Friday, August 27, 2010

The Valley of Transformation

A dear friend of mine recently gave me a book entitled, Hinds Feet on High Places. It is an allegorical novel by English author Hannah Hurnard, which she wrote in 1955. The story is about a young woman named Much-Afraid, and her journey away from her Fearing family and into the High Places of the Shepherd, guided by her two companions Sorrow and Suffering. It is an allegory of a Christian devotional life. The book takes its title from Habakkuk 3:19, "The Lord God is my strength, and he will make my feet like hinds' feet, and he will make me to walk upon mine high places."

I have only read about half of the book thus far, but it has already enraptured my soul. The main theme that keeps repeating is how the Lord uses suffering to bring us to the mountain top. I have come to realize in my own walk that I spend much more time in the valley than I do on the mountain top, and that is not because the Lord is some type of sadist that enjoys watching us suffer, but because it is only in the valley that He can transform us into the image of His Son.

C.S. Lewis, the great Christian apologist, once said, “God whispers to us in our pleasures, but shouts to us in our pain.” Perhaps it is just human nature but for whatever reason we seem to listen more intently when we are suffering. Our Savior, of course, is not a stranger to suffering either as the the prophet Isaiah describes Him as, “A Man of sorrows and acquainted with grief.” (Isaiah 53:3) It is also within the realm of suffering that God comes into full view. It seems to be most often His modus operandi for revealing Himself to us. 

When the Apostle Paul was knocked off his horse and blinded on the road to Damascus, the Spirit of the Lord appeared to Ananias and told him that he was to put his hands on Paul to restore his sight. Ananias was confused, of course, given Paul had been persecuting Christians during this time, prompting Ananias to ask the Lord why He would use such a man for His work. Now listen to the Lord’s reply, “Go [go and find Paul], for he is a chosen vessel of Mine to bear My name before Gentiles, kings, and the children of Israel. For I will show him how many things he must suffer for My name’s sake” (Acts 9:15-16, italics are mine). The great Apostle Paul, who has written one third of our New Testament canon, was commissioned by God to suffer. Why? Because it was through his suffering that the gospel was going to move forward to the outermost parts of the world and in the process, Paul was going to become more like Christ.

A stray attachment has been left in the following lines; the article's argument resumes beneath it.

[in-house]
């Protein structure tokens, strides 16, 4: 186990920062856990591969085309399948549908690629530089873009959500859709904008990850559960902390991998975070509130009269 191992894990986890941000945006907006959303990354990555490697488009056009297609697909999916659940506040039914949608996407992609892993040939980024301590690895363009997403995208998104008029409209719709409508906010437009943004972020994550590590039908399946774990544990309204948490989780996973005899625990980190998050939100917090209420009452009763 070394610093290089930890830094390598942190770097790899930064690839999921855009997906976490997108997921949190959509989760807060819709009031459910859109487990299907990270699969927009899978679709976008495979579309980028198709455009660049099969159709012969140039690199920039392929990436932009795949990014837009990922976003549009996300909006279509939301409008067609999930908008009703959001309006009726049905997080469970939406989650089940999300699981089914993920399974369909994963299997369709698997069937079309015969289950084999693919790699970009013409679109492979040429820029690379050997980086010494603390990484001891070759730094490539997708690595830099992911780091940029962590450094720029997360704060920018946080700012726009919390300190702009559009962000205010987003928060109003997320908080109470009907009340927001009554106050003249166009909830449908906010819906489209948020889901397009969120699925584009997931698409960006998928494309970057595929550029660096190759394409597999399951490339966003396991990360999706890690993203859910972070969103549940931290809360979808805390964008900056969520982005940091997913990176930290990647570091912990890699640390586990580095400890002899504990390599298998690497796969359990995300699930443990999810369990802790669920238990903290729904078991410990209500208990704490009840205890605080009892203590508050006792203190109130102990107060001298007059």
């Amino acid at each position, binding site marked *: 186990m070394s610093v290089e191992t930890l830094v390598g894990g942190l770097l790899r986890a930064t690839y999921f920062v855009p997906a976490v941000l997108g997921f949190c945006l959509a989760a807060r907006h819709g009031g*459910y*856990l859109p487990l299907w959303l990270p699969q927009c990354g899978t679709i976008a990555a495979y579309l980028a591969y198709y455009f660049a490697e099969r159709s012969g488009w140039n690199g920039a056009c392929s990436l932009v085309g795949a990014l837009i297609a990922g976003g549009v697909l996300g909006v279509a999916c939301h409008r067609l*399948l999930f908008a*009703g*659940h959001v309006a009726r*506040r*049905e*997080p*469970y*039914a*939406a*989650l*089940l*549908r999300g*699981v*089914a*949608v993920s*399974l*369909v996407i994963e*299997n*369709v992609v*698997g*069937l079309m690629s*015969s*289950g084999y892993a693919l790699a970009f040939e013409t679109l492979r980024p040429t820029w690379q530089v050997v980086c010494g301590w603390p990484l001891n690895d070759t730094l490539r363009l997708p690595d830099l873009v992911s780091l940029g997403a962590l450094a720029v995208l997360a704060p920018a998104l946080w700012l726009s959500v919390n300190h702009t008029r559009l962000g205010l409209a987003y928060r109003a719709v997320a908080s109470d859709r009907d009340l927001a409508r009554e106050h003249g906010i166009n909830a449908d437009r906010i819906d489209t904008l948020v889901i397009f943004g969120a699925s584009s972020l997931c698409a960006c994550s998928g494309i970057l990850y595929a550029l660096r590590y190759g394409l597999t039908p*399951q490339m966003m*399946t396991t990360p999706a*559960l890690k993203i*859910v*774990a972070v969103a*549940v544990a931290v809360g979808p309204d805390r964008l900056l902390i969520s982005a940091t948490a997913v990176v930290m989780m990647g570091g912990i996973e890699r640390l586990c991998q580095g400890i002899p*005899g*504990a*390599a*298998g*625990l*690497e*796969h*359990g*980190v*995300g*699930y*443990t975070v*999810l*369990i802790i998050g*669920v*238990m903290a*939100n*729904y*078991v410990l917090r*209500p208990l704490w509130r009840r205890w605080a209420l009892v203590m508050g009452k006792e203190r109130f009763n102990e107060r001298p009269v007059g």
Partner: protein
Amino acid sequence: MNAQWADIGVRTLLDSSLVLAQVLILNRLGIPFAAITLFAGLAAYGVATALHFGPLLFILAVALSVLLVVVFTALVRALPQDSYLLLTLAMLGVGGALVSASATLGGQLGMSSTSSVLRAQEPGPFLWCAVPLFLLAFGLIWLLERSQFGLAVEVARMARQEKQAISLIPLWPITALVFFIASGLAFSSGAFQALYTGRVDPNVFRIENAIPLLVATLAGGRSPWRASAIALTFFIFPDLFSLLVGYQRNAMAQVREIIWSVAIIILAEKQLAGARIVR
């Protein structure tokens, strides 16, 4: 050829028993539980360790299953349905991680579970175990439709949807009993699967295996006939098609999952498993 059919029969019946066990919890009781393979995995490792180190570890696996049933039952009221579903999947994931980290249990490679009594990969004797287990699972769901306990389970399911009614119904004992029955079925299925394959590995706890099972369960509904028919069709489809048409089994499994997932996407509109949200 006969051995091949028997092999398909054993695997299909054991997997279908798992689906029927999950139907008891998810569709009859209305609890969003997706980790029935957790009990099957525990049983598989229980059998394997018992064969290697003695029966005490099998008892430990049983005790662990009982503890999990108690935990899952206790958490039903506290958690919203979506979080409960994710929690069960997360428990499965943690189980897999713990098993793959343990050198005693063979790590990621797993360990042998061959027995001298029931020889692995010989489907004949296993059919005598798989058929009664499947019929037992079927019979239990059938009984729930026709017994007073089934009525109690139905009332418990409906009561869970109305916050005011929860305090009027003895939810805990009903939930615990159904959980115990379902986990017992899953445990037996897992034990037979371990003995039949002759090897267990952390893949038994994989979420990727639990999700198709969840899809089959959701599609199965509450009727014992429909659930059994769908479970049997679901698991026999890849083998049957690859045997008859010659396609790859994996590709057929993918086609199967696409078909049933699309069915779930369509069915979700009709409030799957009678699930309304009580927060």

So, what effect did this have on Paul? Look at his summation of his sufferings in Philippians 3:7-8, “But what things were gain to me, these I have counted loss for Christ. Yet indeed I also count all things loss for the excellence of the knowledge of Christ Jesus my Lord, for whom I have suffered the loss of all things, and count them as rubbish, that I may gain Christ.” Pretty powerful, I know. Paul looks at all the he has lost and suffered and sees it all as rubbish because he has gained Christ.

God’s number one purpose in our lives as Christians is for us to be completely satisfied with Him ... just Him. It is in this realm of complete abandonment that we reach the mountain top for Jesus Christ IS the mountain top. Even when we are deep in the valley, when we are abiding in Him, He “shall renew our strength and mount us up with the wings like an eagle and we will run and not be weary and walk and not faint.” (Isaiah 40:31)

“Yea, though I walk through the valley of the shadow of death, I will fear no evil; for You are with me; Your rod and Your staff, they comfort me.” (Psalm 23:4)

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